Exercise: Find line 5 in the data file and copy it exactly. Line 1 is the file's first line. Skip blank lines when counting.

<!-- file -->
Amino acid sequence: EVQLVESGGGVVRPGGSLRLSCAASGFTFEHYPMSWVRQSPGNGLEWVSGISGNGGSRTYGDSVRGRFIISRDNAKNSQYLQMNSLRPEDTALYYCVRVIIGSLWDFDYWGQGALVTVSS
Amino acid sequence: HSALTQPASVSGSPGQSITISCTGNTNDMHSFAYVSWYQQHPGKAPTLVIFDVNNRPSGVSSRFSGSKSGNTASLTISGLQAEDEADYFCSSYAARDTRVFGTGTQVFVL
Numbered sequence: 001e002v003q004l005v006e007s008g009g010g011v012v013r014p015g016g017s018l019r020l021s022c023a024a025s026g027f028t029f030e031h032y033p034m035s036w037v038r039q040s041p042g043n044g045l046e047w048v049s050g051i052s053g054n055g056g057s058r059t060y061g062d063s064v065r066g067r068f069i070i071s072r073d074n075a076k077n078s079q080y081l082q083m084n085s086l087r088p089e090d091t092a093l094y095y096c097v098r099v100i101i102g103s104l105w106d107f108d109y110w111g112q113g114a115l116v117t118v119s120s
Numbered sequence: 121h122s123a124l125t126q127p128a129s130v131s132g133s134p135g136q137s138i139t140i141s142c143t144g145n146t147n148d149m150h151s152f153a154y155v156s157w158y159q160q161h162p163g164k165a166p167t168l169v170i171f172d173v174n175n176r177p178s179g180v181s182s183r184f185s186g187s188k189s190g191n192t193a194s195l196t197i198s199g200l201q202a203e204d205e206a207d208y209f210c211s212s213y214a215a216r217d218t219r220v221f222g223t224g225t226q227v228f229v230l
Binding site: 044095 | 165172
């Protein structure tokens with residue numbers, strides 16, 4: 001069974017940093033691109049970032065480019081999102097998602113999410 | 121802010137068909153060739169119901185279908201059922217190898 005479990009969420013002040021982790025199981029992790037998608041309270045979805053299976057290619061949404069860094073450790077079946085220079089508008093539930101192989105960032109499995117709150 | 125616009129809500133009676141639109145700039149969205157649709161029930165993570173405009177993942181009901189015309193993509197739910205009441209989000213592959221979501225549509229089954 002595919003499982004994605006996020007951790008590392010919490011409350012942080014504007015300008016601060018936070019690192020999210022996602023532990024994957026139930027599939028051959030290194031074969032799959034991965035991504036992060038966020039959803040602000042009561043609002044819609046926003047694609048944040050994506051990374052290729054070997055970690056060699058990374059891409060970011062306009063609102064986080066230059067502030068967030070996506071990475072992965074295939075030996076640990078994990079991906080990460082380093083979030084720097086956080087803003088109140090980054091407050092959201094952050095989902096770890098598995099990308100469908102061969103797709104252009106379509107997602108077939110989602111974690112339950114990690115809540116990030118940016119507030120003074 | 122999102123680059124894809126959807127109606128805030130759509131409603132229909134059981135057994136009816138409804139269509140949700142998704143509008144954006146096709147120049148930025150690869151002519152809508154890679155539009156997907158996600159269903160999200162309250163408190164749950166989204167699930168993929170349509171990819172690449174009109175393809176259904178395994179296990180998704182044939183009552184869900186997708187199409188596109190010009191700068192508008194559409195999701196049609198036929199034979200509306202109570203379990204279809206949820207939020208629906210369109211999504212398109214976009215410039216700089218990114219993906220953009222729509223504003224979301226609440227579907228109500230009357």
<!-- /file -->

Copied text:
Binding site: 044095 | 165172